1. Airlines do this…why can’t cruise lines. They send you an email remind you of your trip. In nice large letters you tell them please make sure you have I’d and passport with you.

        1. This wouldn’t have helped in this case, if you’re dumb enough to PACK your passport and ID then no amount of nurse-maiding is going to help you. 

          “There’s no accounting for stupid”

  5. Just the fact that the father and brother were the only ones whose passport were packed in their checked luggage while the rest of the family didn’t, proved that the family themselves didn’t bother to help and inform each other about the necessity of having one’s passport with them for checkin and boarding. Why should anyone else care more about them when they themselves apparently didn’t? I voted NO.

    1. Exactly! Why didn’t the family provide a “sign warning passengers not to pack their passport or birth certificate in their checked luggage” to their own brother and father?

      Sheesh, it’s a crummy turn of events.  I would be absolutely ticked — at myself — if it happened to me.  But never let your passport go anywhere that you don’t!  Ever!

  6. I have to say no. I was a first time cruiser myself, and I researched everything I could about what documents I needed and how the procedures at the port worked. The information is out there. The “first time” excuse doesn’t work. And it sounds like only dad and bro were first time cruisers. Why didn’t the rest of the party, who I assume have cruised before, tell them what to expect?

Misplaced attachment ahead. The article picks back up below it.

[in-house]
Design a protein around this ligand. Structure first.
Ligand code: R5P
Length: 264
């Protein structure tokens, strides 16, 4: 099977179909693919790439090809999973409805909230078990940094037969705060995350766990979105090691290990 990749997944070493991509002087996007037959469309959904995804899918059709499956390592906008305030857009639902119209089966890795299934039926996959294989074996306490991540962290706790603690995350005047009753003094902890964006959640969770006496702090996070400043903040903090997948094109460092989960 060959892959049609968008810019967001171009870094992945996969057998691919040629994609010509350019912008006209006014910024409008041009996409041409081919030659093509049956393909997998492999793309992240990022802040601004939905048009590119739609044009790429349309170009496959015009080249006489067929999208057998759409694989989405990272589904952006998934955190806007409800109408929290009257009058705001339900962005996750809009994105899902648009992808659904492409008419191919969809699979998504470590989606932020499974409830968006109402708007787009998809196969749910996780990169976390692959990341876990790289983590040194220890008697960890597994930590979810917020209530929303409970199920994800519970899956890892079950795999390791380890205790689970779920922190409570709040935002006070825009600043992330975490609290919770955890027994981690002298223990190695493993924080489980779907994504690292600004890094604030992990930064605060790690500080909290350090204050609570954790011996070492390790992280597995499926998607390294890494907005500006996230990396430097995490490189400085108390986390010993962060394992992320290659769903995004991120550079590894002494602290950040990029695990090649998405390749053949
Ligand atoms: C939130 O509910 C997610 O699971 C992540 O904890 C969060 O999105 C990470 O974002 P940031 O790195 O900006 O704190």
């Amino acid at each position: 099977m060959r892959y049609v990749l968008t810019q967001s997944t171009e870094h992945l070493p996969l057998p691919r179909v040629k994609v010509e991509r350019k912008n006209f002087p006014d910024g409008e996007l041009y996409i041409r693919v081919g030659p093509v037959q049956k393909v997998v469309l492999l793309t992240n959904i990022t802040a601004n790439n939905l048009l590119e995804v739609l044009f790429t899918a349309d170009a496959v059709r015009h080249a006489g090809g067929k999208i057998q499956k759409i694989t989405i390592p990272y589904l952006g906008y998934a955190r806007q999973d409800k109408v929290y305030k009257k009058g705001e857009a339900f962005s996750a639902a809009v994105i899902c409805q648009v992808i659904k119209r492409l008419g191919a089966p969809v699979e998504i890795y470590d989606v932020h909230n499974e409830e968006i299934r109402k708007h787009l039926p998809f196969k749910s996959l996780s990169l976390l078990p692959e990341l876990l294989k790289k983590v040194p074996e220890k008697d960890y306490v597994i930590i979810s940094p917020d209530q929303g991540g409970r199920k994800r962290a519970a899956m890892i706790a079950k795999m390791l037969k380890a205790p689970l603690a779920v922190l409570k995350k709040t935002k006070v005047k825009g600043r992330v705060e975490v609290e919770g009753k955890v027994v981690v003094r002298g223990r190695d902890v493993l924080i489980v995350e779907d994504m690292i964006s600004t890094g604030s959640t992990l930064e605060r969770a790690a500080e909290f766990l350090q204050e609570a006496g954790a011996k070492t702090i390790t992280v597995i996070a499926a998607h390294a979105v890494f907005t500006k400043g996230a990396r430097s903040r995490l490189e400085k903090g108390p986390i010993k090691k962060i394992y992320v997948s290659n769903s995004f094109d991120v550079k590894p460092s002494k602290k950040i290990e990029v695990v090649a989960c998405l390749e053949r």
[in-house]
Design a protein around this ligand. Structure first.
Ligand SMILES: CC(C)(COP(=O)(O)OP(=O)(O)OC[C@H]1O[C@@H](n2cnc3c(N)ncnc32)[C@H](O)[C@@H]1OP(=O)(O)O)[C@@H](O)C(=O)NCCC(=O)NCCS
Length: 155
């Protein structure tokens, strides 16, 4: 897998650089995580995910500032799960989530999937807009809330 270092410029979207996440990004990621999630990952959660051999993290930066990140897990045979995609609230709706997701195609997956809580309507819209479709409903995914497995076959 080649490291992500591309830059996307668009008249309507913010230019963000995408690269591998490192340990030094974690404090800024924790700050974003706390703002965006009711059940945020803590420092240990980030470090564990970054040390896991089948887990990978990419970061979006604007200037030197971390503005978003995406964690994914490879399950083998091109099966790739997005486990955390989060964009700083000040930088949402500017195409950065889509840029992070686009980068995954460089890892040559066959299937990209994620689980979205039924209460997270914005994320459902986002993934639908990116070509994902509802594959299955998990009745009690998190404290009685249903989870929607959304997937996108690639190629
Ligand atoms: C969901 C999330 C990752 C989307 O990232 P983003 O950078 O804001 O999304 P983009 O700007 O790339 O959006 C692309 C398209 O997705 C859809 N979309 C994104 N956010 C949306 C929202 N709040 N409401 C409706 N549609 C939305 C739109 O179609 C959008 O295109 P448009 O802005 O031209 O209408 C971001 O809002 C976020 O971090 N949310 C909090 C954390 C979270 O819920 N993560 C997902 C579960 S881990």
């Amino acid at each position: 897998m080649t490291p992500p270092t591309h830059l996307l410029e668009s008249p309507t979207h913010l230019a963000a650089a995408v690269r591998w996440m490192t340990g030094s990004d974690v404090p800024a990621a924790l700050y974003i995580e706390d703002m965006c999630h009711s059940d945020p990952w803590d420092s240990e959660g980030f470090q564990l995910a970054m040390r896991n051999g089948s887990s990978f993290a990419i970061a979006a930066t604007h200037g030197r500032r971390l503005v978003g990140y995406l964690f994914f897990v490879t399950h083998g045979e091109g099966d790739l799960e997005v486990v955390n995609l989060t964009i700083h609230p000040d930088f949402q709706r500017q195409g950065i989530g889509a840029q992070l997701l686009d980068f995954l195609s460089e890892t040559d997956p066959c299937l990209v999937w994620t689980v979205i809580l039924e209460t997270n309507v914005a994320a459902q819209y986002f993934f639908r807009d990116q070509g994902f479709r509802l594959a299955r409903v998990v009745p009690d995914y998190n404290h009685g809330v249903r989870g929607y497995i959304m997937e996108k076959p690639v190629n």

1. Probably because they, like us, wouldn’t believe anybody could be so stupid as to keep their passports in their checked luggage.

  7. Maybe the cruise line should have a sign reminding you to keep your travel documents with you.  And I do hope that Carnival actually did try to look for the luggage.  But in the end it’s the passengers responsibility, not Carnivals.  The best I could see Carnival offering is a one night credit towards a future cruise for the time they missed. 

  8. I feel for these people, but it’s no different than traveling abroad by air.  It’s the cardinal rule of international travel in any form to keep your passports on your body!  

  9. Since I have become leary of letting anything I absolutely need or cannot easily replace out of my hands when I travel, I would have had my tote bag with my camera, passport, wallet, prescriptions and a change of clothes with me even if I was assured my bag would be at my room within a few hours.  Better to plan to cope with a problem than to have one.  I assume everyone is honest but leaving bags outside a cabin door is not secure, why trust anything critical to that sort of care. I have often wondered if my approach did not make me more vulnerable to theft since anything of value would obviously be in the bag I carry closest to me!

  10. If you can’t remember to keep your passport on you at all times, you’re too stupid to leave the country.

    That said, I was ALMOST sympathetic until I read this: “heartache and mental, emotional, and financial trouble which ensued on this trip,”

    Cry me a river, lady. Your party screwed up. You’re lucky they were able to join the ship later. Sheesh. Enough with the “mental and emotional trouble.” 

    People, if you are this fragile, don’t travel. Do the rest of us a favor and stay home.